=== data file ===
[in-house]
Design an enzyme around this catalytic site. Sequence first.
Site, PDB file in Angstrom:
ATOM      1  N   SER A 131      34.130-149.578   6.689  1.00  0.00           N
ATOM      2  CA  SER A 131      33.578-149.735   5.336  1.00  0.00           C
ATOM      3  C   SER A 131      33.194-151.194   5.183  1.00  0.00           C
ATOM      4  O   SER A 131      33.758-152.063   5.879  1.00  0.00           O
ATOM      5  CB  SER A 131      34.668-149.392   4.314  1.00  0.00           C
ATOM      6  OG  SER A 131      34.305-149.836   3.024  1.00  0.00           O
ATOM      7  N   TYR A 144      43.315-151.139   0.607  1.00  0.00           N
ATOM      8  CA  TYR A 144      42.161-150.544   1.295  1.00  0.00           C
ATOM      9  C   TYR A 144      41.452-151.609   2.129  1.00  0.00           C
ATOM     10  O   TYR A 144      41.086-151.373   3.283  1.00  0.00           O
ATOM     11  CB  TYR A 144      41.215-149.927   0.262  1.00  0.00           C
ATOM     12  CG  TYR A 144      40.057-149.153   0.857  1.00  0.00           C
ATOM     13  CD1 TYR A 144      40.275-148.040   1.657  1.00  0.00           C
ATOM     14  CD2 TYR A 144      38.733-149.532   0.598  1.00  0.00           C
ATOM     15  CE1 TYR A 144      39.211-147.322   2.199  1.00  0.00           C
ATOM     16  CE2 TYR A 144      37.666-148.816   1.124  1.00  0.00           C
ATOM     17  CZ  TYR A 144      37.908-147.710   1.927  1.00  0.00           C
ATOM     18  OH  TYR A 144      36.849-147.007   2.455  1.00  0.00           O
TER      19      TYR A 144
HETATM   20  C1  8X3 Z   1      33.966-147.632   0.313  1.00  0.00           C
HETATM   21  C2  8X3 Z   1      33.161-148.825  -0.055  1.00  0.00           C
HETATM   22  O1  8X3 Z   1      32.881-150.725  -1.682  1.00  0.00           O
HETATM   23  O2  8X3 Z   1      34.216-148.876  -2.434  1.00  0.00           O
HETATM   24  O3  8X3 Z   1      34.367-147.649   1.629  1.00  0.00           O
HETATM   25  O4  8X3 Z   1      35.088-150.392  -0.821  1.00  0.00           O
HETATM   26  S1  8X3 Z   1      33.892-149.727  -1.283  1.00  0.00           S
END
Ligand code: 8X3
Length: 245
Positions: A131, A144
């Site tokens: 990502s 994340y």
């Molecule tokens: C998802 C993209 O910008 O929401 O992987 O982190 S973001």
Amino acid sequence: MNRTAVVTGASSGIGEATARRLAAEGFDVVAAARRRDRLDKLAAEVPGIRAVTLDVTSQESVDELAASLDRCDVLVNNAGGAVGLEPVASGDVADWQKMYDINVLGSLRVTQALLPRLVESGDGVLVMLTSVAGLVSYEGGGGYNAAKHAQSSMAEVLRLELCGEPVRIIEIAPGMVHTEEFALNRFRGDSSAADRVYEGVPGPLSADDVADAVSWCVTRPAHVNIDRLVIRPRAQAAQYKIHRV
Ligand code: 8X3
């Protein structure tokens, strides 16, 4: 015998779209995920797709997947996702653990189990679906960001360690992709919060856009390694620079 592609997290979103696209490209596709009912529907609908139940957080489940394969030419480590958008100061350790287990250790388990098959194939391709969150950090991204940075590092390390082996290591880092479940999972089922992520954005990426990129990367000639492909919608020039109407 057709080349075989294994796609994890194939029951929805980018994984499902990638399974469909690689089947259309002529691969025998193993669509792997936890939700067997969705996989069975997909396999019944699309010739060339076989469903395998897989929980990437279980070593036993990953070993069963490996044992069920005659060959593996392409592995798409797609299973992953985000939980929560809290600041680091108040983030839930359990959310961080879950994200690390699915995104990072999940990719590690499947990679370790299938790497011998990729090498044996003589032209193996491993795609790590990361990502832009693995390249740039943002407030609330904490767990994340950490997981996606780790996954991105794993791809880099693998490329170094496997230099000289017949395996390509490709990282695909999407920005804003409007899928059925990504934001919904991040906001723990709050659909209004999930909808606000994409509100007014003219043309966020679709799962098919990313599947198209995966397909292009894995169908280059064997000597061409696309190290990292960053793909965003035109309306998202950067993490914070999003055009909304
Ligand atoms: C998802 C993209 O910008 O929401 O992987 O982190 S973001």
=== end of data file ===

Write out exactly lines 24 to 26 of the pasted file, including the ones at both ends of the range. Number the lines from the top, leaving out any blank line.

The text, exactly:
HETATM   21  C2  8X3 Z   1      33.161-148.825  -0.055  1.00  0.00           C
HETATM   22  O1  8X3 Z   1      32.881-150.725  -1.682  1.00  0.00           O
HETATM   23  O2  8X3 Z   1      34.216-148.876  -2.434  1.00  0.00           O